For starters, there’s that curious moniker. It emerged during a road trip through the Deep South, when Loss-Eaton made a pilgrimage to Leland, Mississippi, the small town where bluesman Eddie Cusic resides. The octogenarian guitarist, who’d played with numerous R&B stars of his era (most notably Little Milton), was happy to spend the afternoon telling stories and playing music for an enraptured Loss-Eaton and his traveling companions. Having already seen the somewhat antiquated term “sundries” on multiple signs in that pocket of the country, Loss-Eaton fused it with Cusic’s hometown, as an homage to what the elder statesman and his life’s work embodied.
Loss-Eaton was also fortunate to work for a brief time at Smithsonian Folkways, the historic record label that has stewarded the legacies of Woody Guthrie, Leadbelly, Alan Lomax, and Harry Smith’s Anthology of American Folk Music. “Working at Folkways was hugely inspiring,” he admits. Already a serious admirer of gateway artists like Bob Dylan, Dave Van Ronk and Ramblin’ Jack Elliott, blues greats such as Charley Patton and Son House, and the rockabilly canon of Sun Records, he traveled further down myriad tributaries of American roots music during his Folkways tenure. “I immersed myself in that music, learning about Bill Monroe, the Stanley Brothers, Dock Boggs, and Brownie McGhee and Sonny Terry.”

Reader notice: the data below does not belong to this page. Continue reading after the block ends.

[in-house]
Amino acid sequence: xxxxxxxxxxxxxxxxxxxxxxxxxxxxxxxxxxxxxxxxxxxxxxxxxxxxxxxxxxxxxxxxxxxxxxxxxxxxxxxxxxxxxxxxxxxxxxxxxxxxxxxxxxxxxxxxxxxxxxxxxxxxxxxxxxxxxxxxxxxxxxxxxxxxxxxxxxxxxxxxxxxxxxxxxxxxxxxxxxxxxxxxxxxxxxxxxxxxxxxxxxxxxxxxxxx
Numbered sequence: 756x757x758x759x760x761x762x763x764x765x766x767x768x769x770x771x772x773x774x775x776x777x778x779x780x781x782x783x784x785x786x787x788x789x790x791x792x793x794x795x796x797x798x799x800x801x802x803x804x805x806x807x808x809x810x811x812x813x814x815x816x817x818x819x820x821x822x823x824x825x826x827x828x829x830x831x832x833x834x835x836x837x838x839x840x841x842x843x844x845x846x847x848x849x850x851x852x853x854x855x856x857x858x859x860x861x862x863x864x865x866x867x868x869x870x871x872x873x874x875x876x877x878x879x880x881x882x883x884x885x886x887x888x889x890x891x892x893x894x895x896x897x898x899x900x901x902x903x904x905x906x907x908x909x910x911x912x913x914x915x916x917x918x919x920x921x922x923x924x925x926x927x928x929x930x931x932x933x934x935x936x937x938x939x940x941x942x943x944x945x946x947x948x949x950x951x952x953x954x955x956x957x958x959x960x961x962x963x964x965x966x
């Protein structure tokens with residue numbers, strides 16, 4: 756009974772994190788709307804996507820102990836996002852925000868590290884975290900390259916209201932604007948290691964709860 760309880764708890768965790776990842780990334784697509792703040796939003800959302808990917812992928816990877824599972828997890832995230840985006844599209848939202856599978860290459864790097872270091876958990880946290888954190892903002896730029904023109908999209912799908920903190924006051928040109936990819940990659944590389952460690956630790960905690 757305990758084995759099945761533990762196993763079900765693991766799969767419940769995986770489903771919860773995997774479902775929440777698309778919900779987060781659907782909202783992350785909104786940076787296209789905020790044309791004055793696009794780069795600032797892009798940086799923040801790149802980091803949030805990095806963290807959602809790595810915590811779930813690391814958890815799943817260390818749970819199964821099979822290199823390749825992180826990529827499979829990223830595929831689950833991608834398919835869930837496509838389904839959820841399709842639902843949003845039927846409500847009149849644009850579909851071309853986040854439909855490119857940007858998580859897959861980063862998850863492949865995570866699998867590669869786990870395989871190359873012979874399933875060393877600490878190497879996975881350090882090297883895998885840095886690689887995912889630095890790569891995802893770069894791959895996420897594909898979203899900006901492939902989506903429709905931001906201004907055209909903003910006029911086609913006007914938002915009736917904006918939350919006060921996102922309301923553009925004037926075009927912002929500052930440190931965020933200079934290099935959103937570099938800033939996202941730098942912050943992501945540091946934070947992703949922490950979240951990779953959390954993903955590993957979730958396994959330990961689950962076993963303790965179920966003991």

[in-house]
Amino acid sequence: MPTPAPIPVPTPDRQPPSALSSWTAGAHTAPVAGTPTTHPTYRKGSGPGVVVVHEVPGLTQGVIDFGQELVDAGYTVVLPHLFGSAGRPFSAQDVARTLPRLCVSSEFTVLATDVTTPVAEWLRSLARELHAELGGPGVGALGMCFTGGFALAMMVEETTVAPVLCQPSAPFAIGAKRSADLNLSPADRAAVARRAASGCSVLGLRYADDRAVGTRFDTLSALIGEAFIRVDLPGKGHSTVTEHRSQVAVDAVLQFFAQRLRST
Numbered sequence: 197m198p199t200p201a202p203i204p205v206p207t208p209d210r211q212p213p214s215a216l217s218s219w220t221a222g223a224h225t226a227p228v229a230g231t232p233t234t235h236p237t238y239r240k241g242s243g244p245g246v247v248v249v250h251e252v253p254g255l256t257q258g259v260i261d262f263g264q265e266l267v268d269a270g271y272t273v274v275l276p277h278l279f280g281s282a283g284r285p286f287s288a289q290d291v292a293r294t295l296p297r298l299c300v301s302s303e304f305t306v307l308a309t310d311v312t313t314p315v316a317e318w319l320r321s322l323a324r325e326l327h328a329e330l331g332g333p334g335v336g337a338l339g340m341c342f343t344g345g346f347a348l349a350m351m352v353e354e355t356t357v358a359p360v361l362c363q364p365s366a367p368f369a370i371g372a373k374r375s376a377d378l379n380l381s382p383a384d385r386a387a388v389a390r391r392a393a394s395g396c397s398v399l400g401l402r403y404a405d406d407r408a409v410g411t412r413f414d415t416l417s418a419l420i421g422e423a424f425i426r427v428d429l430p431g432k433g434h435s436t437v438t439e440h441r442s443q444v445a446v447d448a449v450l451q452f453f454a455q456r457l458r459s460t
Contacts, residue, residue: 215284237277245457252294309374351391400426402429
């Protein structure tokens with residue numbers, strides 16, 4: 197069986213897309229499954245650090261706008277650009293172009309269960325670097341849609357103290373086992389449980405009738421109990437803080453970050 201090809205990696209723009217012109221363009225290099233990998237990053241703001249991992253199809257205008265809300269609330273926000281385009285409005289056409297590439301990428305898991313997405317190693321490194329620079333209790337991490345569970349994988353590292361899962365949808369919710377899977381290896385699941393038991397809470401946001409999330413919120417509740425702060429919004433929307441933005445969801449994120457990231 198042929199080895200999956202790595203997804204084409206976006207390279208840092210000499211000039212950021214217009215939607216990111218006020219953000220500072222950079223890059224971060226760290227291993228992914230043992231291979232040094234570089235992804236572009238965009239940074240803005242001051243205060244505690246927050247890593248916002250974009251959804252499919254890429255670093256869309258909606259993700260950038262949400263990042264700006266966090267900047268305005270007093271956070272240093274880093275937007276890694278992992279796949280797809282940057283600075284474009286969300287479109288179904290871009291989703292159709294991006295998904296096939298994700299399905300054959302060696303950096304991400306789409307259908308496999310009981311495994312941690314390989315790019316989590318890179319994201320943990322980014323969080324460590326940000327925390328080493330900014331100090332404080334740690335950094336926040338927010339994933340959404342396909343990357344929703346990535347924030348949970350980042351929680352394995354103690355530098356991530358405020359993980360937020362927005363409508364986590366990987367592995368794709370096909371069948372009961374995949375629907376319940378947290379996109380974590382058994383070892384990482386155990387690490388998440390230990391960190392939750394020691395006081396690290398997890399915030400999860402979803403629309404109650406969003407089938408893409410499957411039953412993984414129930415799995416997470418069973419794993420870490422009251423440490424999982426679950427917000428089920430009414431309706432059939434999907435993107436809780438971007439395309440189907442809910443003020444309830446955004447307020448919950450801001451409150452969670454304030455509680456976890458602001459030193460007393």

Edited by MusicToMyEars84 on 23 Jan 2012, 09:59
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